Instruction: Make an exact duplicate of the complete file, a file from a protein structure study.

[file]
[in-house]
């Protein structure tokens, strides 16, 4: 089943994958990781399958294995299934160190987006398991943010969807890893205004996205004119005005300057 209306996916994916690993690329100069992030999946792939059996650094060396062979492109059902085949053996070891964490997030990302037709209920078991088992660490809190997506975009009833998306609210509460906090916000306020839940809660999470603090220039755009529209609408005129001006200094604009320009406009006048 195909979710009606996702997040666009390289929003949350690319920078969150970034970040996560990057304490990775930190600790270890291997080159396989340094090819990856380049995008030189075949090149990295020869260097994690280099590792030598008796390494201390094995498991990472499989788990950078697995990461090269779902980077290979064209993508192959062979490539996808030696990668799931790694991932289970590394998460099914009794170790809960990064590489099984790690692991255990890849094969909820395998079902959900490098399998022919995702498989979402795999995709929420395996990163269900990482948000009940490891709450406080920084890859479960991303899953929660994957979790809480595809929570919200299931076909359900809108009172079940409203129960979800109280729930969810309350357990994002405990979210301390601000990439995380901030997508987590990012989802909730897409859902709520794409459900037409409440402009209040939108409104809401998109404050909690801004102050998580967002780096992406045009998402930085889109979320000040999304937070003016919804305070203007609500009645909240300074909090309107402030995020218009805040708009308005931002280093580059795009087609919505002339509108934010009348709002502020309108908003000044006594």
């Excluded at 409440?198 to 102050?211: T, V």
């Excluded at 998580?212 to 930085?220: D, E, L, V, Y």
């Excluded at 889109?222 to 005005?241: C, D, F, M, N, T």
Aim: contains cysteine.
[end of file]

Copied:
[in-house]
């Protein structure tokens, strides 16, 4: 089943994958990781399958294995299934160190987006398991943010969807890893205004996205004119005005300057 209306996916994916690993690329100069992030999946792939059996650094060396062979492109059902085949053996070891964490997030990302037709209920078991088992660490809190997506975009009833998306609210509460906090916000306020839940809660999470603090220039755009529209609408005129001006200094604009320009406009006048 195909979710009606996702997040666009390289929003949350690319920078969150970034970040996560990057304490990775930190600790270890291997080159396989340094090819990856380049995008030189075949090149990295020869260097994690280099590792030598008796390494201390094995498991990472499989788990950078697995990461090269779902980077290979064209993508192959062979490539996808030696990668799931790694991932289970590394998460099914009794170790809960990064590489099984790690692991255990890849094969909820395998079902959900490098399998022919995702498989979402795999995709929420395996990163269900990482948000009940490891709450406080920084890859479960991303899953929660994957979790809480595809929570919200299931076909359900809108009172079940409203129960979800109280729930969810309350357990994002405990979210301390601000990439995380901030997508987590990012989802909730897409859902709520794409459900037409409440402009209040939108409104809401998109404050909690801004102050998580967002780096992406045009998402930085889109979320000040999304937070003016919804305070203007609500009645909240300074909090309107402030995020218009805040708009308005931002280093580059795009087609919505002339509108934010009348709002502020309108908003000044006594």
């Excluded at 409440?198 to 102050?211: T, V």
């Excluded at 998580?212 to 930085?220: D, E, L, V, Y």
């Excluded at 889109?222 to 005005?241: C, D, F, M, N, T």
Aim: contains cysteine.